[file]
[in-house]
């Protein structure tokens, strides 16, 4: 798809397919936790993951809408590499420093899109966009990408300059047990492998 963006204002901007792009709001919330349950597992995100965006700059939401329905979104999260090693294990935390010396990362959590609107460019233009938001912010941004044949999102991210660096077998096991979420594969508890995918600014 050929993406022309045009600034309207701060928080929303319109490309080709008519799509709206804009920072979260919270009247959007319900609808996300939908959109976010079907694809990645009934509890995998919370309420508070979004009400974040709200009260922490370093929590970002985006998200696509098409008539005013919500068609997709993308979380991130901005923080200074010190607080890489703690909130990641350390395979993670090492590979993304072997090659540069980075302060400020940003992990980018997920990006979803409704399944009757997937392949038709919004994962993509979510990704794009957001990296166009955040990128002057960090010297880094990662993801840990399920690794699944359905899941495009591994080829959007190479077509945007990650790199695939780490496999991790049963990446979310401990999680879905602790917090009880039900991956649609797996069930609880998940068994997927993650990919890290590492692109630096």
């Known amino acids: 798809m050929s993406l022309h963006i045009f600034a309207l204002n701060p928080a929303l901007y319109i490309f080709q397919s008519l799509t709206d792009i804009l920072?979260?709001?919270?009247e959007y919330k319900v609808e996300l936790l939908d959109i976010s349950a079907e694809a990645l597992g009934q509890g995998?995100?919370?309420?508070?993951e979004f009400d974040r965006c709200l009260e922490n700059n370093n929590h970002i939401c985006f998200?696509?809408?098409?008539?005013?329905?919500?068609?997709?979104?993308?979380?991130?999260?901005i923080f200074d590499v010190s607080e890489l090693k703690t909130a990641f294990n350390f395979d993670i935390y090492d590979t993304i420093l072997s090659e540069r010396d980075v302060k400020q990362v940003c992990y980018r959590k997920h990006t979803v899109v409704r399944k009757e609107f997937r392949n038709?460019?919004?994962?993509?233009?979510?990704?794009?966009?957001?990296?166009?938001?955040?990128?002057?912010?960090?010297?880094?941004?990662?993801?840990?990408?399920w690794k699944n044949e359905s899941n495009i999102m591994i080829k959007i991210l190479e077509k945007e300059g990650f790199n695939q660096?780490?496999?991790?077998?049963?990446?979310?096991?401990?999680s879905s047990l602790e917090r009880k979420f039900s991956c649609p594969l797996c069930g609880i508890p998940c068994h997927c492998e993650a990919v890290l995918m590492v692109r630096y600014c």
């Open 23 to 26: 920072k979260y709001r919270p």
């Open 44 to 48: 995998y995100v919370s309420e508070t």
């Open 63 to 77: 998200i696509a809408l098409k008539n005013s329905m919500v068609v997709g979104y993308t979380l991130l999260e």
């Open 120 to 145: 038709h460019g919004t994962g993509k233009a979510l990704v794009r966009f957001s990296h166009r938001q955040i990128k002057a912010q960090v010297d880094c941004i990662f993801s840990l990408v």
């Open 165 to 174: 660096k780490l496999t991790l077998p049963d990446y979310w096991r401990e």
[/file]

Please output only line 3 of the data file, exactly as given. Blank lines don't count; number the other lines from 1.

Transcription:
């Known amino acids: 798809m050929s993406l022309h963006i045009f600034a309207l204002n701060p928080a929303l901007y319109i490309f080709q397919s008519l799509t709206d792009i804009l920072?979260?709001?919270?009247e959007y919330k319900v609808e996300l936790l939908d959109i976010s349950a079907e694809a990645l597992g009934q509890g995998?995100?919370?309420?508070?993951e979004f009400d974040r965006c709200l009260e922490n700059n370093n929590h970002i939401c985006f998200?696509?809408?098409?008539?005013?329905?919500?068609?997709?979104?993308?979380?991130?999260?901005i923080f200074d590499v010190s607080e890489l090693k703690t909130a990641f294990n350390f395979d993670i935390y090492d590979t993304i420093l072997s090659e540069r010396d980075v302060k400020q990362v940003c992990y980018r959590k997920h990006t979803v899109v409704r399944k009757e609107f997937r392949n038709?460019?919004?994962?993509?233009?979510?990704?794009?966009?957001?990296?166009?938001?955040?990128?002057?912010?960090?010297?880094?941004?990662?993801?840990?990408?399920w690794k699944n044949e359905s899941n495009i999102m591994i080829k959007i991210l190479e077509k945007e300059g990650f790199n695939q660096?780490?496999?991790?077998?049963?990446?979310?096991?401990?999680s879905s047990l602790e917090r009880k979420f039900s991956c649609p594969l797996c069930g609880i508890p998940c068994h997927c492998e993650a990919v890290l995918m590492v692109r630096y600014c």